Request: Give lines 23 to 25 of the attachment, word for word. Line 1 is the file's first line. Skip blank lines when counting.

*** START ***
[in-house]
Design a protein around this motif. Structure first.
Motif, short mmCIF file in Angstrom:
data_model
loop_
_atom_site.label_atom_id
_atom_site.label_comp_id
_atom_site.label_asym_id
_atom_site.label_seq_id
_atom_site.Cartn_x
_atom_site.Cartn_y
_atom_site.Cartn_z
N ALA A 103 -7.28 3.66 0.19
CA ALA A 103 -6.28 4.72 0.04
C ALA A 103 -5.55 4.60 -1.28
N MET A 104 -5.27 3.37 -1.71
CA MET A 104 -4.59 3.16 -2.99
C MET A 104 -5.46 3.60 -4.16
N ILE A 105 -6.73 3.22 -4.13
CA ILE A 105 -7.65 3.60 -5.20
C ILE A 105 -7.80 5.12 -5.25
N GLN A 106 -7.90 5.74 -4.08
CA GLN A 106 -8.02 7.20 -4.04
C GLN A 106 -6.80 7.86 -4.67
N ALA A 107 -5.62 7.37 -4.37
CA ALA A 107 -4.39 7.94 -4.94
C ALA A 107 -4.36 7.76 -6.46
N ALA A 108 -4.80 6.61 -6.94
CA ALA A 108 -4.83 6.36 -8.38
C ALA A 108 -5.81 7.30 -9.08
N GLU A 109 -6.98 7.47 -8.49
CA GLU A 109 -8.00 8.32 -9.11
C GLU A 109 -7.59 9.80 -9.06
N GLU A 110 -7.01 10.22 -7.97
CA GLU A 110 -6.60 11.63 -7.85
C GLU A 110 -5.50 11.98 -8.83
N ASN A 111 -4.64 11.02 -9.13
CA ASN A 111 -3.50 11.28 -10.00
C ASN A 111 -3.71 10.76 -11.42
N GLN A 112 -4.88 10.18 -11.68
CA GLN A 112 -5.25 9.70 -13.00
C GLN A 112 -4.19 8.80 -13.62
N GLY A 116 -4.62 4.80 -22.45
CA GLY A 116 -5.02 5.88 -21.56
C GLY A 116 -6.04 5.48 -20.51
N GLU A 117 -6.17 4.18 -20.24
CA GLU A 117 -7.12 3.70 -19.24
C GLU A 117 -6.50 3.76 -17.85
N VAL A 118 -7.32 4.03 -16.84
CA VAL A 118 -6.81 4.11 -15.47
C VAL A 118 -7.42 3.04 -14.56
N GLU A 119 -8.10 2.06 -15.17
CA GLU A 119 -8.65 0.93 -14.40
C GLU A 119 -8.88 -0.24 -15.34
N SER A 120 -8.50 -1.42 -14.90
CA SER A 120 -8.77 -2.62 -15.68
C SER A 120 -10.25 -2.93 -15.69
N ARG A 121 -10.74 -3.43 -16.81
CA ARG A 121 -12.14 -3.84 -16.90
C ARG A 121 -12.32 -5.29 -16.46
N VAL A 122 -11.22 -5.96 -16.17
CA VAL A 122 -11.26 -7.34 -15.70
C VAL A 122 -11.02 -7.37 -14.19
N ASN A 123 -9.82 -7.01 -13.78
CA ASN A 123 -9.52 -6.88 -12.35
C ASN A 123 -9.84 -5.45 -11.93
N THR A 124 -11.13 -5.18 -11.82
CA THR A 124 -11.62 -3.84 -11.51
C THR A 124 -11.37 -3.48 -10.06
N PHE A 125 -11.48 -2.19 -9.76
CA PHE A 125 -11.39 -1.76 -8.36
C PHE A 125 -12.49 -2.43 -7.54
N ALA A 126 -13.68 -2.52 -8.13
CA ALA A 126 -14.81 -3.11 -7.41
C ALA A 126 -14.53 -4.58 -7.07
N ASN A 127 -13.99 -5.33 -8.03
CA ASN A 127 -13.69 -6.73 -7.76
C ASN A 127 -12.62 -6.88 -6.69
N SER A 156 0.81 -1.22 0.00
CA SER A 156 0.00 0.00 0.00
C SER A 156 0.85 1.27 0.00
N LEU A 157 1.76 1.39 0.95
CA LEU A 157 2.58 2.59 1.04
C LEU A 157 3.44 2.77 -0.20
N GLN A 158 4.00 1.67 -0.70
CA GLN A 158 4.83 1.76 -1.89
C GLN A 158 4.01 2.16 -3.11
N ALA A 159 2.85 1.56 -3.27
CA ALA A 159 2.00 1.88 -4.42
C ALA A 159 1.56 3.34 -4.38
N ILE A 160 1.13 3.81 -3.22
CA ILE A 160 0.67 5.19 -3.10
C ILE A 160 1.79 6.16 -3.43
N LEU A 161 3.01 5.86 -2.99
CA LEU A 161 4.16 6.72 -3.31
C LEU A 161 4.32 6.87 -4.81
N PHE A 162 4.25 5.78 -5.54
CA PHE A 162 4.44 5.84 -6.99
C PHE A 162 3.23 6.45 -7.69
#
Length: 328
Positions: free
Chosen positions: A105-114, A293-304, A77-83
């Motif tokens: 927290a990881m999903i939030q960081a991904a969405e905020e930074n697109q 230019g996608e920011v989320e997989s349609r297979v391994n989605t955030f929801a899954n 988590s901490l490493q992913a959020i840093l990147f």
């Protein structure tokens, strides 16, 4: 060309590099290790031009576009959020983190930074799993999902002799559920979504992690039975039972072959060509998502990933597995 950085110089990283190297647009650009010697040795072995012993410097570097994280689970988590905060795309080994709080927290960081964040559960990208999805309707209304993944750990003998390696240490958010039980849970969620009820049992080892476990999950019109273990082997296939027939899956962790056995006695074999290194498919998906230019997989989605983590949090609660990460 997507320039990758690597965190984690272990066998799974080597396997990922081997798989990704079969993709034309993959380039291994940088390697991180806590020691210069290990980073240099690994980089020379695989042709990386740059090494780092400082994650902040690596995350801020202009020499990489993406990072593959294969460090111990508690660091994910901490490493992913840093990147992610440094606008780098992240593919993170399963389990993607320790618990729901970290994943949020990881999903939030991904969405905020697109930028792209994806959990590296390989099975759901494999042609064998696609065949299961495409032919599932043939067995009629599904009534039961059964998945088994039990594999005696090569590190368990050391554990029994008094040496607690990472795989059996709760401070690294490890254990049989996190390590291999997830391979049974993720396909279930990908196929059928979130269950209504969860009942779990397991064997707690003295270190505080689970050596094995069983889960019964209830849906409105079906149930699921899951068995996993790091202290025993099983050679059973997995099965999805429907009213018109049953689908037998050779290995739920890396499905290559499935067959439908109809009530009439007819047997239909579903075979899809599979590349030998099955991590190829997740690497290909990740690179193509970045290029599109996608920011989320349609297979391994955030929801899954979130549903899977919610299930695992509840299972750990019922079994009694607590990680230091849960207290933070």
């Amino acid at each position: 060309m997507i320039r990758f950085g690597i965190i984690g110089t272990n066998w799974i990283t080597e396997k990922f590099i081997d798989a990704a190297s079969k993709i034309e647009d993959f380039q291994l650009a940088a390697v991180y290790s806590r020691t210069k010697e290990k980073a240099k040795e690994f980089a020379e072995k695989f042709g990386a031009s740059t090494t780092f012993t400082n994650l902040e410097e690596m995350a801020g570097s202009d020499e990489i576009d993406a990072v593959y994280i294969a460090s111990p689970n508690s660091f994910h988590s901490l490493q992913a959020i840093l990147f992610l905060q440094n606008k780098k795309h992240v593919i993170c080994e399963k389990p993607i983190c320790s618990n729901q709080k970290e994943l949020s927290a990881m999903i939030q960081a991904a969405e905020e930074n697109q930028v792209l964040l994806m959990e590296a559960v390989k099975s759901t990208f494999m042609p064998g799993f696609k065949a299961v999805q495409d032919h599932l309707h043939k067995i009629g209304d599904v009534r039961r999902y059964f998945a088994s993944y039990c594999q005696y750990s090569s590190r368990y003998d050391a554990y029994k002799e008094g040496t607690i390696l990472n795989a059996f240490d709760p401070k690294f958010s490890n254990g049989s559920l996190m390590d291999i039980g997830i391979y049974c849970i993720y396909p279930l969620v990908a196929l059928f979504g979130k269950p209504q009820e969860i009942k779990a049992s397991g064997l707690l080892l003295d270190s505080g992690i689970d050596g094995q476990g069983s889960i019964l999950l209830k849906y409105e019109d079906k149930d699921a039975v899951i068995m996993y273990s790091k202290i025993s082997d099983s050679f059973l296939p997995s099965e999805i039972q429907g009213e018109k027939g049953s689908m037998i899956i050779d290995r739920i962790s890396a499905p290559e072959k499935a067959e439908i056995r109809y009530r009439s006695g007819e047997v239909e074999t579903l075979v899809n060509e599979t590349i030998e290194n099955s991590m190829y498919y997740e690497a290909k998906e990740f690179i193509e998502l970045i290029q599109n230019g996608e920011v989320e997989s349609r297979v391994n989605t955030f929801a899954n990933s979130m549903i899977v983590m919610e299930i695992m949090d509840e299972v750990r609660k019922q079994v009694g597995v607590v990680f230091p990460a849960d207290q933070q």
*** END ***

CA GLN A 106 -8.02 7.20 -4.04
C GLN A 106 -6.80 7.86 -4.67
N ALA A 107 -5.62 7.37 -4.37